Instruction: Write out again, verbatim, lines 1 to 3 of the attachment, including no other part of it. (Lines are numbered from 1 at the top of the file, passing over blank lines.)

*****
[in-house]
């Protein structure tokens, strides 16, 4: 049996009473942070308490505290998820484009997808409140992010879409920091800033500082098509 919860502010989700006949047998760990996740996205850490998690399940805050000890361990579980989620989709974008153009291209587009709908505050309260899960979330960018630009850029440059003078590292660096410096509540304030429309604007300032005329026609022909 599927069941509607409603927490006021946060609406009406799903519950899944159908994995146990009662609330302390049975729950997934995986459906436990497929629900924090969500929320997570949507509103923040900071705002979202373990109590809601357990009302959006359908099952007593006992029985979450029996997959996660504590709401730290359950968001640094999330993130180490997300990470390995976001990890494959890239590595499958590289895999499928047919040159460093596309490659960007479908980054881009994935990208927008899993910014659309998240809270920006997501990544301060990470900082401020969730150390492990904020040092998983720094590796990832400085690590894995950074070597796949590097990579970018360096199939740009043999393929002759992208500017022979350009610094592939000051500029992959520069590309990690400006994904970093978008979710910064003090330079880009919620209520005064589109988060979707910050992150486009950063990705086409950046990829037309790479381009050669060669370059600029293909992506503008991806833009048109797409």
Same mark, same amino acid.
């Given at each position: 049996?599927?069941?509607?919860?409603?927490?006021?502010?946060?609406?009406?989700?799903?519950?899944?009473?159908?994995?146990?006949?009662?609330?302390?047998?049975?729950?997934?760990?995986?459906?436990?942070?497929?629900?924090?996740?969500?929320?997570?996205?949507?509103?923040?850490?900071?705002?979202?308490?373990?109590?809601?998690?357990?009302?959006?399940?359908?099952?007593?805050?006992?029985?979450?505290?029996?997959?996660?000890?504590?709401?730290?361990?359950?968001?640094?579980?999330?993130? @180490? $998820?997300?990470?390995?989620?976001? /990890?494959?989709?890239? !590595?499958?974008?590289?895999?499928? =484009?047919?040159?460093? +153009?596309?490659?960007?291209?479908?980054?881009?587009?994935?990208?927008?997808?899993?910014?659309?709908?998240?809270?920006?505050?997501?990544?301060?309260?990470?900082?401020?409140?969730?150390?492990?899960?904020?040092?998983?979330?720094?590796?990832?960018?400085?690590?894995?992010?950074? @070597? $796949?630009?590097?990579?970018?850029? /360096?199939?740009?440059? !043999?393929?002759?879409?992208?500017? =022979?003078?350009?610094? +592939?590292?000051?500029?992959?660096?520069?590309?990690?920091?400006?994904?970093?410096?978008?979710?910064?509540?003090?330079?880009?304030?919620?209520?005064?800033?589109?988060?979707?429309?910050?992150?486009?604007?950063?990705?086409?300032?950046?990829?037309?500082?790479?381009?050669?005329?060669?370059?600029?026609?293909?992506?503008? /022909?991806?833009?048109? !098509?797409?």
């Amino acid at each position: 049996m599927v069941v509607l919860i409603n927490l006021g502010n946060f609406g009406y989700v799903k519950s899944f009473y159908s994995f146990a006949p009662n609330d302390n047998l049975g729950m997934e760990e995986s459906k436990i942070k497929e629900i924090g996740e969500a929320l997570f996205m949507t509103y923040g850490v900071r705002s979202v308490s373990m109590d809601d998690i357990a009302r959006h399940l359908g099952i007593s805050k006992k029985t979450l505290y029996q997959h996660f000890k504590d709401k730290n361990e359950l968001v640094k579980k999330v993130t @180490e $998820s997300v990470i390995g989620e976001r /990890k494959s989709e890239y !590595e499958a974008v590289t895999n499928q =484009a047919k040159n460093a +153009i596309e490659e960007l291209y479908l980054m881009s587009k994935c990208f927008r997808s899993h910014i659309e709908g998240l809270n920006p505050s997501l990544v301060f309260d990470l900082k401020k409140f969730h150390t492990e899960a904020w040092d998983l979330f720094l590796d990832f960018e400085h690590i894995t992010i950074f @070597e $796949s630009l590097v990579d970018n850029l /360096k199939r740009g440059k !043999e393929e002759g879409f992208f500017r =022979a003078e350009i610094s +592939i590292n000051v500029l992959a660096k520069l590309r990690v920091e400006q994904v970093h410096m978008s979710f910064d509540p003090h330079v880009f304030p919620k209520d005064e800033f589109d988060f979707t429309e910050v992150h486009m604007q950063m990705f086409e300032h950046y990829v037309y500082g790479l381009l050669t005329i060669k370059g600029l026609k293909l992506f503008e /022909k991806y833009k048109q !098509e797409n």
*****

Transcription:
[in-house]
């Protein structure tokens, strides 16, 4: 049996009473942070308490505290998820484009997808409140992010879409920091800033500082098509 919860502010989700006949047998760990996740996205850490998690399940805050000890361990579980989620989709974008153009291209587009709908505050309260899960979330960018630009850029440059003078590292660096410096509540304030429309604007300032005329026609022909 599927069941509607409603927490006021946060609406009406799903519950899944159908994995146990009662609330302390049975729950997934995986459906436990497929629900924090969500929320997570949507509103923040900071705002979202373990109590809601357990009302959006359908099952007593006992029985979450029996997959996660504590709401730290359950968001640094999330993130180490997300990470390995976001990890494959890239590595499958590289895999499928047919040159460093596309490659960007479908980054881009994935990208927008899993910014659309998240809270920006997501990544301060990470900082401020969730150390492990904020040092998983720094590796990832400085690590894995950074070597796949590097990579970018360096199939740009043999393929002759992208500017022979350009610094592939000051500029992959520069590309990690400006994904970093978008979710910064003090330079880009919620209520005064589109988060979707910050992150486009950063990705086409950046990829037309790479381009050669060669370059600029293909992506503008991806833009048109797409």
Same mark, same amino acid.